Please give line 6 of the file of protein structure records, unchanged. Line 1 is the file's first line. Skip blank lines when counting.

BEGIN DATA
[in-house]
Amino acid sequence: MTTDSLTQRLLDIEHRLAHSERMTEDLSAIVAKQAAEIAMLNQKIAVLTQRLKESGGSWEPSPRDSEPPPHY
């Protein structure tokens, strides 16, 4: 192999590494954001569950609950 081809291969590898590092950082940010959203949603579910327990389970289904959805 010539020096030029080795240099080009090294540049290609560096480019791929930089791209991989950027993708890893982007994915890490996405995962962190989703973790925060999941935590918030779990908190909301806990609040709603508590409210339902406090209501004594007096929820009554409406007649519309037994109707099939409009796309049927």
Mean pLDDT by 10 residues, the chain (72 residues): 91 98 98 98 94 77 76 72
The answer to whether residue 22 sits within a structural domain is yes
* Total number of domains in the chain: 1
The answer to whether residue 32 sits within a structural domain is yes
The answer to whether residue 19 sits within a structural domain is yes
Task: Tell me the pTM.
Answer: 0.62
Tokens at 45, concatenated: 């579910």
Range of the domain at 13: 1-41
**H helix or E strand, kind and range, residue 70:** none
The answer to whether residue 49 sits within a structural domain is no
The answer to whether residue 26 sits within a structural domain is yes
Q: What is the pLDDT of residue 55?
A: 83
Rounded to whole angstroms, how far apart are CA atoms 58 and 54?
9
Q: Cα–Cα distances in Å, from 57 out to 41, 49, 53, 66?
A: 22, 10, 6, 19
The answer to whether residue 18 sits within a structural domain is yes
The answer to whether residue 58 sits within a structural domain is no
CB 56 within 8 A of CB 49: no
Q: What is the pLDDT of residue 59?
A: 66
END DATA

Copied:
* Total number of domains in the chain: 1